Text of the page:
What Is Classical Education?
Classical Education equips children for the future with what has been proven successful in the past. The roots of classical learning can be traced back to the age of the Ancient Greeks and Romans. The classical emphasis is built on a three-fold approach called the Trivium. The three foundational academic categories are grammar, logic and rhetoric. Most importantly, the Trivium corresponds to the three basic stages of a developing child. By following the path of development that children naturally take, Classical Education teaches “with the grain” and equips scholars to master the art of learning.
Classical education provides a generous feast of great ideas found in rich literature and embraces the virtues within the richness of our curriculum. To quote Milton, “Language is but the instrument conveying us to things useful to be known.” This is done by allowing history to be the foundation of study with living books (rich, timeless, and enduring literature) which complements the relationships that all knowledge is interrelated. With history acting as the hub of the wheel, the spokes connecting to the core include science, literature, math, fine arts, Latin and Logic which unfolds a timeless story for all scholars to embrace and engage with. As Charlotte Mason says, “education is the science of relations.”
Classical education prepares scholars to think deeply, to love what is lovely, to embrace the beauty found in the core content areas, to pursue knowledge, and to wrestle with the truth from past generations. As we do this, we look ahead with great expectation to produce tomorrow’s leaders today who are lifelong learners and positive contributors to the next generation.
The Grammar Stage
These are the years in which the building blocks for all other learning are laid, with scholars learning the basic skills of reading, writing and mathematics. The child in the “Grammar Stage” (grades K-5) is mentally ready to absorb information and is naturally good at memorization, and this stage takes full advantage of this fact (although appropriate attention is given to meaning and comprehension, even at this first stage). This forms the foundation from which all other subjects can be approached, and there are many ways to get the job of memorization done including: songs, living books, chants, poems, movement, repetition, discovery and exploration.
The most emphasized learning activity at this stage is memorization, both for purposes of cognitive recall and for building storage identities for future knowledge acquisition. During this stage, education involves not self-expression and self-discovery, but rather the learning of facts. Rules of phonics and spelling, rules of grammar, poems, the vocabulary of foreign languages, the stories of history and literature, descriptions of plants and animals and the human body, the facts of mathematics — the list goes on. Grammar teaches scholars how to read and how to understand what they are reading, and it teaches the rules for writing intelligibly, according to the rules of a particular language. This information makes up the basic building blocks in preparation for the second stage of education.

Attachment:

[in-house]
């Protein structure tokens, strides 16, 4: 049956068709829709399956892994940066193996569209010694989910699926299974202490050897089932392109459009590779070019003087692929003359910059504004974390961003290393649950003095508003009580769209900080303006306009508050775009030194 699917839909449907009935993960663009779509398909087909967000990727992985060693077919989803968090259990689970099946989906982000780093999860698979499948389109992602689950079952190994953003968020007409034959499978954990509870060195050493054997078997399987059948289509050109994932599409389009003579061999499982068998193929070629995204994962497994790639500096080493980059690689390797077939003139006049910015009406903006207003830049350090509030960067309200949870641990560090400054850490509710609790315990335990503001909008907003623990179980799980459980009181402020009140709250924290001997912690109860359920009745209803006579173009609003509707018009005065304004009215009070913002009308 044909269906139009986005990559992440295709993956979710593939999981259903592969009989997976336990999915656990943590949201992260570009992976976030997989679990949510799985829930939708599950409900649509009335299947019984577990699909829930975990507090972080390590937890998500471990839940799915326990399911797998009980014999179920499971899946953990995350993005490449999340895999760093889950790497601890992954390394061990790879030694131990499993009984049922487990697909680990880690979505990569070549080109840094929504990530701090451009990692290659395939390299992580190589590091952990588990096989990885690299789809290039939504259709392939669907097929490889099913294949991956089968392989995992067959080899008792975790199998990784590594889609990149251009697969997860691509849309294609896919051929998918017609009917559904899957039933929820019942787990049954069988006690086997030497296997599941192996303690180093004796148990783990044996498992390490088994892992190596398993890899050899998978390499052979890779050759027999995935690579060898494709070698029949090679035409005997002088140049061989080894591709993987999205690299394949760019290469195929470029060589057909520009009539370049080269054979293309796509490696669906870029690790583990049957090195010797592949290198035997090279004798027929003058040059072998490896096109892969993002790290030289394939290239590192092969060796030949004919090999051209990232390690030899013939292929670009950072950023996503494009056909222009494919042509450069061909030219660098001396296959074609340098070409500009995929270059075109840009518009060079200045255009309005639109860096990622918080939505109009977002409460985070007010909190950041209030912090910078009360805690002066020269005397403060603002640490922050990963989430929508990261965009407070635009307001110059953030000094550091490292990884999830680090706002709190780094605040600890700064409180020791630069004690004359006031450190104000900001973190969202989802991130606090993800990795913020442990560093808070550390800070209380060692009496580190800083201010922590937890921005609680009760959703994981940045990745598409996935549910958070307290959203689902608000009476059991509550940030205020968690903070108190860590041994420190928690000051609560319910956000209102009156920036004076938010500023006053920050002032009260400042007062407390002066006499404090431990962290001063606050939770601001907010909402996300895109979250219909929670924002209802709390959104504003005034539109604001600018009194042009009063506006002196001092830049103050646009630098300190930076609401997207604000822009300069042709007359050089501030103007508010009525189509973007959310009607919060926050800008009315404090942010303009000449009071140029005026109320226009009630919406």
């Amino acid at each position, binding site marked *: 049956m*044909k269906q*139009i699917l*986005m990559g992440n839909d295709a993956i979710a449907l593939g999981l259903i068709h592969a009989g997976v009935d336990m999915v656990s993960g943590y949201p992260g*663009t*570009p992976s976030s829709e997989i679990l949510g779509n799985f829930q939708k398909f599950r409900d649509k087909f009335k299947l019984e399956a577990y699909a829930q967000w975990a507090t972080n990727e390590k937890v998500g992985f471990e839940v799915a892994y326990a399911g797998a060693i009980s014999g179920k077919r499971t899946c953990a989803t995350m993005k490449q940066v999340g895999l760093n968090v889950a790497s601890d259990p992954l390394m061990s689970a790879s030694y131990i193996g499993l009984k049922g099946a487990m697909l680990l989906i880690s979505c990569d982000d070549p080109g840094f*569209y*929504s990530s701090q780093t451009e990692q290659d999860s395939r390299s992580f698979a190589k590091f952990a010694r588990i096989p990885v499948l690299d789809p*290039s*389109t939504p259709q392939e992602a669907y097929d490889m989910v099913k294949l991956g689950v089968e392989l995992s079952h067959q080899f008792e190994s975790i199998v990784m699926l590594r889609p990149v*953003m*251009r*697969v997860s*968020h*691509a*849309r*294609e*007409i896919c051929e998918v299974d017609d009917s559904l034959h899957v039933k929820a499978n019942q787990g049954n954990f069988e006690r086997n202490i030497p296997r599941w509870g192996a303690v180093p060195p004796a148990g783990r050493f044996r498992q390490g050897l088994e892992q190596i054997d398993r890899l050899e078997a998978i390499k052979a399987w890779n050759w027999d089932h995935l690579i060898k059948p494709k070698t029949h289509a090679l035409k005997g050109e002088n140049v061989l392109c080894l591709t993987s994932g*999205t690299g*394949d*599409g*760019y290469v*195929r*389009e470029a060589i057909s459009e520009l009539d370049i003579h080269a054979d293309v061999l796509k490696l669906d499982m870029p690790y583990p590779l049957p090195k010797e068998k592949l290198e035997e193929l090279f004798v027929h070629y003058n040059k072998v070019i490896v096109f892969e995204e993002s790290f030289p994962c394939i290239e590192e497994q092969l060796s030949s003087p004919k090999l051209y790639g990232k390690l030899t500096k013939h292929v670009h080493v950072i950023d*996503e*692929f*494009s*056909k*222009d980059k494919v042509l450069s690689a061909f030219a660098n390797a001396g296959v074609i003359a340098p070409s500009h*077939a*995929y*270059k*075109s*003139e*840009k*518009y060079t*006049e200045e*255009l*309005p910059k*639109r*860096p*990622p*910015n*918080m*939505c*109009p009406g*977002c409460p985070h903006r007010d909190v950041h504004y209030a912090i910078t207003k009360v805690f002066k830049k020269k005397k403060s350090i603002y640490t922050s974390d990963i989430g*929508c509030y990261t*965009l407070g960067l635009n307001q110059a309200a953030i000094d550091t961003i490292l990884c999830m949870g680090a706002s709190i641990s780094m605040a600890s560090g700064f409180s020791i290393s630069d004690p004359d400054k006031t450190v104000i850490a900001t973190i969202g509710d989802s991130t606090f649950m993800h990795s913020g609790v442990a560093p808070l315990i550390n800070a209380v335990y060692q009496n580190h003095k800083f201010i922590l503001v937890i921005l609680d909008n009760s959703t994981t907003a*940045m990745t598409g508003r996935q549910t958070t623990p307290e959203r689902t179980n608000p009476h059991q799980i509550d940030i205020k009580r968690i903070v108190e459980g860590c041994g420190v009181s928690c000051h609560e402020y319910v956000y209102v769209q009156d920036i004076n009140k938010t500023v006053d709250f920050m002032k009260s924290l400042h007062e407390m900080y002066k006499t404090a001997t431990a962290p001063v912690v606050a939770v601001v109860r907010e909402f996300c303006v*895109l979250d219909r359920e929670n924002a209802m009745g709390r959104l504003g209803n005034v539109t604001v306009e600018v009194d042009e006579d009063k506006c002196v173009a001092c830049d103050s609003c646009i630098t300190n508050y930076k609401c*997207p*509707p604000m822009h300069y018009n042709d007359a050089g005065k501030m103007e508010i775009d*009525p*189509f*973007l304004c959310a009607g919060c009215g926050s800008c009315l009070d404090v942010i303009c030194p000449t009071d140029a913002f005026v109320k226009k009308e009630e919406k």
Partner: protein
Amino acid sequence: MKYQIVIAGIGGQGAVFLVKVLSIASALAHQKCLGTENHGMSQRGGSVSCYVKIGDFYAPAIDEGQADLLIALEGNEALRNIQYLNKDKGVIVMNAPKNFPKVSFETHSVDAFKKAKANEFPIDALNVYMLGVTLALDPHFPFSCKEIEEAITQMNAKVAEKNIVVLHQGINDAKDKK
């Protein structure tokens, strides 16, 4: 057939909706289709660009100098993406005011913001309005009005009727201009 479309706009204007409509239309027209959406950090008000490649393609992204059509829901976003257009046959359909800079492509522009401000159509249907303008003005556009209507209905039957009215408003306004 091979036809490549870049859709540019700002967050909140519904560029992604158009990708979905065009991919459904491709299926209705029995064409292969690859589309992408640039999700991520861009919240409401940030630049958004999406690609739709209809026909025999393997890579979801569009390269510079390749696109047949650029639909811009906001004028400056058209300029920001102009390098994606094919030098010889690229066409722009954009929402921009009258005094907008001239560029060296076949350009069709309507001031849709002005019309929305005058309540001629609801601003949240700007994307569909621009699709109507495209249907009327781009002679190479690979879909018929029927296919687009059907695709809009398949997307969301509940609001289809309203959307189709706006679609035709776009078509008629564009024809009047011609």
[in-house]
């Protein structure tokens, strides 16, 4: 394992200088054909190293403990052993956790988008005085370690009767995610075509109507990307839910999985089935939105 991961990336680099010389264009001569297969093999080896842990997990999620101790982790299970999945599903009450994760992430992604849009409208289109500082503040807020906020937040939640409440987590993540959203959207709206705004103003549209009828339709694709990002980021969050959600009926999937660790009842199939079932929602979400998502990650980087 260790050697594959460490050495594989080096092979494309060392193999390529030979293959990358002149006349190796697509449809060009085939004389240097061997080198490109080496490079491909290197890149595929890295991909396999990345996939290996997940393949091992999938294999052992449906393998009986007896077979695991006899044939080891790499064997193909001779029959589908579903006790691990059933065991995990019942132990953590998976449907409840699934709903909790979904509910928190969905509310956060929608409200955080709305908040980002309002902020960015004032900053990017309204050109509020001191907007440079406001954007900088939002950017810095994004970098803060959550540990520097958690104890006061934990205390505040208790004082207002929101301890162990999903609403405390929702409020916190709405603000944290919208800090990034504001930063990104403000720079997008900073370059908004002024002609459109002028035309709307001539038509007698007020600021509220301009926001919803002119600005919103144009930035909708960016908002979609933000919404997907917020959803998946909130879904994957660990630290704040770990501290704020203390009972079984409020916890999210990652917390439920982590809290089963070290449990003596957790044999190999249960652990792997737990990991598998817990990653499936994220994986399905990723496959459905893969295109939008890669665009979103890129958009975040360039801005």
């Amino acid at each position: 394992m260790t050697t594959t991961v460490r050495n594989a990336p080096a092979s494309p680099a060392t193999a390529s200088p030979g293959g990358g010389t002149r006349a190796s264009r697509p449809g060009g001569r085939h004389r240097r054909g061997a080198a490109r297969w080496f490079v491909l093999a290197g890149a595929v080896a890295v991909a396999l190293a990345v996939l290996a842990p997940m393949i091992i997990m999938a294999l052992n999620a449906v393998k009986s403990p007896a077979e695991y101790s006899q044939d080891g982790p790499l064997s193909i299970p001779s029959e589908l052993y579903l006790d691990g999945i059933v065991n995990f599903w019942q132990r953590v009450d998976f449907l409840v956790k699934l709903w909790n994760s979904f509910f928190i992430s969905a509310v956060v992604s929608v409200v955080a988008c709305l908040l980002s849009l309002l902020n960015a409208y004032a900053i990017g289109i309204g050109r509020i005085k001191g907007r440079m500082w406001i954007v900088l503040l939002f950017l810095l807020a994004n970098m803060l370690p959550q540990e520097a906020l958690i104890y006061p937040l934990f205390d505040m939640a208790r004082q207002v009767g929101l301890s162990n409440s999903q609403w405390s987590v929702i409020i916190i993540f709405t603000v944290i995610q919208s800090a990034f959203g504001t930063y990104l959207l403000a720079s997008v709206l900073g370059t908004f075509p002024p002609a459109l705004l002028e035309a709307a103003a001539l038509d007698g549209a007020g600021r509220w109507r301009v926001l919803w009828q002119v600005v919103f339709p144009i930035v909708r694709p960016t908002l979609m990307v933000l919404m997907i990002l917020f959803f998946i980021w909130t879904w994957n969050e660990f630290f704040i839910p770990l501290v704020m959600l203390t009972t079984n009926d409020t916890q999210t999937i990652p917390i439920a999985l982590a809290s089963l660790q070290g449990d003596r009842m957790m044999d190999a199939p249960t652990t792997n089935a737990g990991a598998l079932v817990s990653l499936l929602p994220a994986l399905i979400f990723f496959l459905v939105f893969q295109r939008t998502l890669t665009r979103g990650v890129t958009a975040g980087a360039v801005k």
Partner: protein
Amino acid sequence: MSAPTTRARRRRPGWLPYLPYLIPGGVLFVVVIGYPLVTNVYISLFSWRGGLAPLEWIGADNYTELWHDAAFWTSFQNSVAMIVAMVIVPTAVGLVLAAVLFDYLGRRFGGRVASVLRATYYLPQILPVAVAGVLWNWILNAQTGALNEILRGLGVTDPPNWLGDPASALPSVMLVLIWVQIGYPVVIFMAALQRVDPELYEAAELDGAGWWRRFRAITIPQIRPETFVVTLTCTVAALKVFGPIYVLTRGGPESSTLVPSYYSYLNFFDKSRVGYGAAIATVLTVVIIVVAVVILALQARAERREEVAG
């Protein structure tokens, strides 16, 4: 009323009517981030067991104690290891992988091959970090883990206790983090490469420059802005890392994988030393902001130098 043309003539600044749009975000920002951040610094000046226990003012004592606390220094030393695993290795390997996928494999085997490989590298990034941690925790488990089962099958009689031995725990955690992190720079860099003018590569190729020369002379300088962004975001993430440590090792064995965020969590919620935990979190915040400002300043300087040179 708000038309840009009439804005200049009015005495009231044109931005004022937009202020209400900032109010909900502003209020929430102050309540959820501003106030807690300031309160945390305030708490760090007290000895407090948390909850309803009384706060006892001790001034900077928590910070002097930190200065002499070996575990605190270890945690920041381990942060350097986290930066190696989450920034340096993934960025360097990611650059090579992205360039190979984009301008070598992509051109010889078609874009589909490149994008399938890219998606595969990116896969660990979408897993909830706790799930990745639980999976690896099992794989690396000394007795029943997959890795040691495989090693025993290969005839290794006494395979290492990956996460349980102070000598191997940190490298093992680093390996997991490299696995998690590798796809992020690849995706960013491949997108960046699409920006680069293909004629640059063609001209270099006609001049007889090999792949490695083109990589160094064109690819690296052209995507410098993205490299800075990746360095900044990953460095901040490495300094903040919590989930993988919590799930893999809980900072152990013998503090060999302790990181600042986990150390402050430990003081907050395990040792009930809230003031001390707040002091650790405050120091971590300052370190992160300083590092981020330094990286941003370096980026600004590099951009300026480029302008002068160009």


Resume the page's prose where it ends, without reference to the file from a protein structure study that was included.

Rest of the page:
Primary Faculties (skills): Observation and memory.
Key Exercise: Latin Grammar.
Pedagogy: Reciting, chanting, learning by heart.
End Result: Scholar becomes knowledgeable.
The Logic Stage
By 6th grade, a child’s mind begins to think more analytically, and the scholar starts to study formal logic and argumentation. Middle-school scholars (grades 6-8) are less interested in finding out facts than in asking “Why?” The second phase of Classical Education, the “Logic Stage,” sees the young person as able to learn to argue his or her point, thus taking information, organizing it, and applying it in increasingly sophisticated forms.
A scholar is ready for the logic stage when the capacity for abstract thought begins to mature. During the middle school years, the scholar begins the study of algebra as well as logic, and begins to apply logic to other academic subjects. The logic of writing, for example, includes paragraph construction and learning to support a thesis; the logic of reading involves the criticism and analysis of texts, not simple absorption of information; the logic of history demands that the scholar find out why the War of 1812 was fought, rather than simply reading its story; the logic of science requires that the scholar learn the scientific method.
Primary Faculty: Discursive reason.
Key Exercise: Logic.
Pedagogy: Focused upon the beauty of economy of fine demonstrations of dialectic as well as analytical criticism of less exemplary forms. Use of “subjects” as “grist for the mental mill” to work upon.
End Result: Scholar becomes a thinker.
The Rhetoric Stage
The final phase of a Classical Education, the “Rhetoric Stage,” builds on the first two. At this point, the high school scholar learns to write and speak with force and originality. The scholar of rhetoric applies the rules of logic learned in middle school to the foundational information learned in the early grades and expresses his conclusions in clear, forceful, elegant language. The maturing scholar in the rhetoric stage has achieved the ability to communicate, synthesize and generalize learning across a range of disciplines.
Primary Faculty: Synthesis.
Key Exercise: Expression.
Pedagogy: Freedom to pursue own interests.
End Result: Scholar becomes articulate.